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Sports Direct agree major changes for zero hours staff following legal battle

Sports Direct agree to major changes in their recruitment and policy practices for zero hours staff

Posted on 15 November 2014

Sports Direct have agreed to major changes in their recruitment and policy practices for zero hours staff as part of a wide-reaching set of legally binding promises in response to legal action brought by former zero hours employee, Zahera Gabriel-Abraham.

In a legal settlement aimed at securing better working rights for the retailer’s 20,000 plus zero hours work, Sports Direct are required to:
  • Re-write their job adverts and employment contracts for future zero hours staff to expressly state that the roles do not guarantee work
  • Produce clear written policies setting out what sick pay and paid holiday their zero hours staff are entitled to
  • Display copies of the new policies in all staff rooms used by zero hours staff across its 400 plus stores in the UK
  • Send copies of their Equal Opportunities policy to all store managers and assistant managers with a written reminder that the policy and principles apply to zero hours staff.

Elizabeth George, from the law firm Leigh Day, who represented Ms Gabriel-Abraham in her claim against Sports Direct for sex discrimination, unfair treatment and breach of holiday rights, said:

“Sports Direct continue to deny any wrong doing or short-falls in their treatment of zero hours workers but Zahera and many more of the company’s zero hours staff will tell you differently.

“Zero hours workers are not second class workers. They have the right to be treated fairly and with respect. They have the right to take holidays and to be paid when they take them. They have the right to statutory sick pay. They have a right to request guaranteed hours. Sports Direct will now have to make that crystal clear to staff.

"By doing so the risk of those rights being ignored or misunderstood by managers will be significantly reduced in the future.

“The changes that Zahera has achieved mean that there will now be total transparency about what sort of contract is on offer. That has to be right when you are talking about jobs that don’t guarantee people work.

"Lack of transparency was one of the key concerns identified by the Government in its recent investigation into zero hours contracts. The Government chose not to make transparency mandatory. This settlement means that it is now mandatory for Sports Direct.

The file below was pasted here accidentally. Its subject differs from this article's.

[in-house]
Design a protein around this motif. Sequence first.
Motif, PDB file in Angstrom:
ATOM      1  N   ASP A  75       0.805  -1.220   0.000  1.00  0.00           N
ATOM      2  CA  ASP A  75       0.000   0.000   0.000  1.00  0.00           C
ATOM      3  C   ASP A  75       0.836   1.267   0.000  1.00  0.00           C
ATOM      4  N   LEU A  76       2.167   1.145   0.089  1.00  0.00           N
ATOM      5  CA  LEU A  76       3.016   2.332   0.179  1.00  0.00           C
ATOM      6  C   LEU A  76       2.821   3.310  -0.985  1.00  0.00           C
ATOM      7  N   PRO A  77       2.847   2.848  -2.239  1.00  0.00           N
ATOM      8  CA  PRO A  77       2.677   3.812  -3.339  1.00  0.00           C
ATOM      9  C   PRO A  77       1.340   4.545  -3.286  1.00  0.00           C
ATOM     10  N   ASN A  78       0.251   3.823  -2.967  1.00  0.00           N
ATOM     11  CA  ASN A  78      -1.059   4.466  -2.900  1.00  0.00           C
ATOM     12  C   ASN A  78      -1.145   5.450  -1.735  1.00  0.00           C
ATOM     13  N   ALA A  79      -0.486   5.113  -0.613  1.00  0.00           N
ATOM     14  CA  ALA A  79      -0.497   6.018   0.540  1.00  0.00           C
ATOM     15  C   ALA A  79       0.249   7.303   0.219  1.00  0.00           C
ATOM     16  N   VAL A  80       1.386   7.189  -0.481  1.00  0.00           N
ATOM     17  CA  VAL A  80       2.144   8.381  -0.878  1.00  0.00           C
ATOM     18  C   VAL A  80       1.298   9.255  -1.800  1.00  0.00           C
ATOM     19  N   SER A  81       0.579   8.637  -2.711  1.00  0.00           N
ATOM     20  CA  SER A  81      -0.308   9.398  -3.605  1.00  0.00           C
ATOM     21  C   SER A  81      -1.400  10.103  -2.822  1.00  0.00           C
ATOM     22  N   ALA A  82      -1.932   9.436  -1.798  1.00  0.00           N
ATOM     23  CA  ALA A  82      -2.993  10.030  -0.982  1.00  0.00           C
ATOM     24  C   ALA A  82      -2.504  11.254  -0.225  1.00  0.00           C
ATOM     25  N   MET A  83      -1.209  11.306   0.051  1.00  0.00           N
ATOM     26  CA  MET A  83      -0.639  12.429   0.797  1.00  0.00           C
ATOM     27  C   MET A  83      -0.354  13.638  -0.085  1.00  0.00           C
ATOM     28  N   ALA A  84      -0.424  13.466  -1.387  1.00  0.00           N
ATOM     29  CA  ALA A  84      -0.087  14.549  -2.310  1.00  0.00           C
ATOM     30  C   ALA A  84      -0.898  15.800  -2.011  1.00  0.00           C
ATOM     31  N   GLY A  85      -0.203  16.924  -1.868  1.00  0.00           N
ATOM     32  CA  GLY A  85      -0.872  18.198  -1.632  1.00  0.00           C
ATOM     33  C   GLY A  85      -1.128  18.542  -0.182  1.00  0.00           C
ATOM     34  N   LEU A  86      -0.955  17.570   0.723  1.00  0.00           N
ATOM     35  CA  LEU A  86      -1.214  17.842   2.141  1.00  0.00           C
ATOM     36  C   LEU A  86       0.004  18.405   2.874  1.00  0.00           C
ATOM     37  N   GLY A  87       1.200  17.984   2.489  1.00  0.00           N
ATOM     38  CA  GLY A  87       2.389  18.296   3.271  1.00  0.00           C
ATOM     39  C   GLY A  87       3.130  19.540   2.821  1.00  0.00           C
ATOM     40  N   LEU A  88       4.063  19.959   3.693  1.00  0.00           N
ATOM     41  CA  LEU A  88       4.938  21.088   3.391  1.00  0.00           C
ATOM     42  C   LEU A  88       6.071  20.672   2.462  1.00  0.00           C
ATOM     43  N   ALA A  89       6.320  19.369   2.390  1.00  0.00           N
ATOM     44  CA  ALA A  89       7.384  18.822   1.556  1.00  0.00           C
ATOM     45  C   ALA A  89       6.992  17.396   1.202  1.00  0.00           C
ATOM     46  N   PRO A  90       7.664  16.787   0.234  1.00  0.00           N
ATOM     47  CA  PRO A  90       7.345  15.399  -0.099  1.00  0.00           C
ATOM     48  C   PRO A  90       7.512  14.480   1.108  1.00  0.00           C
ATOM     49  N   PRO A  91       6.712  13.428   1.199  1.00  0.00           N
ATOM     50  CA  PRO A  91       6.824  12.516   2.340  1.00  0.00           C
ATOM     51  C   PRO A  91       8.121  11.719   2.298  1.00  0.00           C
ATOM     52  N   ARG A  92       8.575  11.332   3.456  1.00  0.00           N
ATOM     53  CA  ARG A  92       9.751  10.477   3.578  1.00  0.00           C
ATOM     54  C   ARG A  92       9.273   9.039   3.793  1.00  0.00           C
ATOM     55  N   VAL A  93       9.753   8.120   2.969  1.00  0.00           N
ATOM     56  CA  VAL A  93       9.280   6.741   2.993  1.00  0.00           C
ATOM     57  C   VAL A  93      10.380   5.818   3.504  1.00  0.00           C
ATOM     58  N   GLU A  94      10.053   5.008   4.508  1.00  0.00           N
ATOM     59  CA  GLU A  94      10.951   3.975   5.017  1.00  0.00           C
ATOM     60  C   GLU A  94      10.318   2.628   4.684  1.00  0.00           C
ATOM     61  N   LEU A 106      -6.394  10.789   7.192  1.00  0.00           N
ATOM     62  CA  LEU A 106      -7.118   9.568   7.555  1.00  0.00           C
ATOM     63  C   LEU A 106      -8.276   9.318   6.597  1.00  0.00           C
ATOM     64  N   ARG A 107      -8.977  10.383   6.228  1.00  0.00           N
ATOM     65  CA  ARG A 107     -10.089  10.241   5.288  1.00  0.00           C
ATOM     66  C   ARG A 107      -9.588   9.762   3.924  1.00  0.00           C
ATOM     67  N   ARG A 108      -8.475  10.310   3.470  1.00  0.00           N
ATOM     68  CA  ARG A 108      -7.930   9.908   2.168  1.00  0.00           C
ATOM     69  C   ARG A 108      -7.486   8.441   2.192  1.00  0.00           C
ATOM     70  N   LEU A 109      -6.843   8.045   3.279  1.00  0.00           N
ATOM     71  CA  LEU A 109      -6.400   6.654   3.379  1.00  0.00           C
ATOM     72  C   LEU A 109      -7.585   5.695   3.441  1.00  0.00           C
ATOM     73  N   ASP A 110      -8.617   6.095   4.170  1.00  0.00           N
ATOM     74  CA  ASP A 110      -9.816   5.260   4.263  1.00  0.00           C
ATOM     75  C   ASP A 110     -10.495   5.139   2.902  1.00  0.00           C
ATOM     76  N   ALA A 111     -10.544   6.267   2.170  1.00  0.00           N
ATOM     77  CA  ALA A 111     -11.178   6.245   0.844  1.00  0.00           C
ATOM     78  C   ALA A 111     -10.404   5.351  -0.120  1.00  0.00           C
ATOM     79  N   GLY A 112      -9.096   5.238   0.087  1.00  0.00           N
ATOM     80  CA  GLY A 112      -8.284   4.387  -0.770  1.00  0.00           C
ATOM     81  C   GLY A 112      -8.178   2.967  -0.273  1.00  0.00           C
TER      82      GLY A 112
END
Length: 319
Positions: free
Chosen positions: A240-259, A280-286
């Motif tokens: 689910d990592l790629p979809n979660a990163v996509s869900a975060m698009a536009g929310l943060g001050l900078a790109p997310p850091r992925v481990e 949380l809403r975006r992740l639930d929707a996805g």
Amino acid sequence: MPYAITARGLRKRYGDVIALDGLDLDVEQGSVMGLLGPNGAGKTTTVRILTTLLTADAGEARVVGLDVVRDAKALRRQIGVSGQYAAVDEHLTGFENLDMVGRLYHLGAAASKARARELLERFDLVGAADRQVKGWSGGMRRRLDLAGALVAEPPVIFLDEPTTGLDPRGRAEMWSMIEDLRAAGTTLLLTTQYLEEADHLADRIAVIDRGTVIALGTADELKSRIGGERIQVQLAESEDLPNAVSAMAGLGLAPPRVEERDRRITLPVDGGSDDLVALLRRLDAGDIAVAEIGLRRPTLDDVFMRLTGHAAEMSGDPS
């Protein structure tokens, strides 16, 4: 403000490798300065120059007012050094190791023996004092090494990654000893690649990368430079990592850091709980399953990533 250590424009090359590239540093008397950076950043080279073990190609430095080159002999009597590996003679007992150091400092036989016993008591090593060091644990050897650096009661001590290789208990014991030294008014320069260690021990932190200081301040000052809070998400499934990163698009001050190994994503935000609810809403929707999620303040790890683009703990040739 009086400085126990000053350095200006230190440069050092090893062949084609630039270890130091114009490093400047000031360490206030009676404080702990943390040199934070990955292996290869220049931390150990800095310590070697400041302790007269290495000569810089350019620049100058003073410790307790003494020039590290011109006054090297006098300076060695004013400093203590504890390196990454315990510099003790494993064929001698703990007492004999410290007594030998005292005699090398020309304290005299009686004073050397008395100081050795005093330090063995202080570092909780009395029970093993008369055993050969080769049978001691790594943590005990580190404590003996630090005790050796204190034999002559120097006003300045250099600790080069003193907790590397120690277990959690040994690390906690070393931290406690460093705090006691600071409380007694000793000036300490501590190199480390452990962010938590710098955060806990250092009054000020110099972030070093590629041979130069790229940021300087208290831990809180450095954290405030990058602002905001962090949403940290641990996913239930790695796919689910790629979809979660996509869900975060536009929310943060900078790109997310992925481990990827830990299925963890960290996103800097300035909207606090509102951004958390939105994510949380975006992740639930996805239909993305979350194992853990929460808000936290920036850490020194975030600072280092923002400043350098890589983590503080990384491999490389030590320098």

“The fact that these promises are in the public domain is also very important. It means that if Sports Direct do not do what they have promised to do – they will be held to account.

“Taking on a company in this way is daunting. Taking on a company this size is doubly daunting. Zahera should feel very proud of what she has achieved”.

The case, supported by 38 Degrees, was due to go a full hearing at Croydon Employment Tribunal in November this year.

Laura Townshend of 38 Degrees said:

“Thousands of 38 Degrees members supported this historic challenge to Sports Direct’s use of zero hours staff. Now this legally binding commitment has lifted the bar for every other employer. It leaves big business with no more excuses.

“The fight for more protection for zero hours workers isn't over. But this news shows that even the biggest employers of zero hours workers are finally upping their game.”

Ms Gabriel-Abraham said:

“I feel really pleased with what has been agreed. I started the legal action because I felt strongly, not just about my own treatment, but about the treatment of many other zero hours employees.

“The new job advertisements will mean that people will not find themselves in a situation where what you think are getting isn’t what you actually get. It was really important to me that these changes happened before the company’s Christmas recruitment round and that has been achieved.

“Sports Direct will always need a minimum number of people working at their stores and warehouses. I don’t understand why it insists on not giving those people the basic security of guaranteed hours. That practice will now have to be properly justified in response to anyone requesting that their hours be set.

“I was told that if I took holidays I would not get holiday pay. The steps agreed under the settlement mean that that will not happen in the future. Future zero hours staff will have a written statement clearly setting out their holiday rights as part of a proper induction and these policies will also be displayed in every staff rooms. The same with sick pay rights”.

The steps agreed in relation to the company’s job advertisements will apply from 25 November 2014. All other changes have to be completed by the Company by no later than 25 February 2015.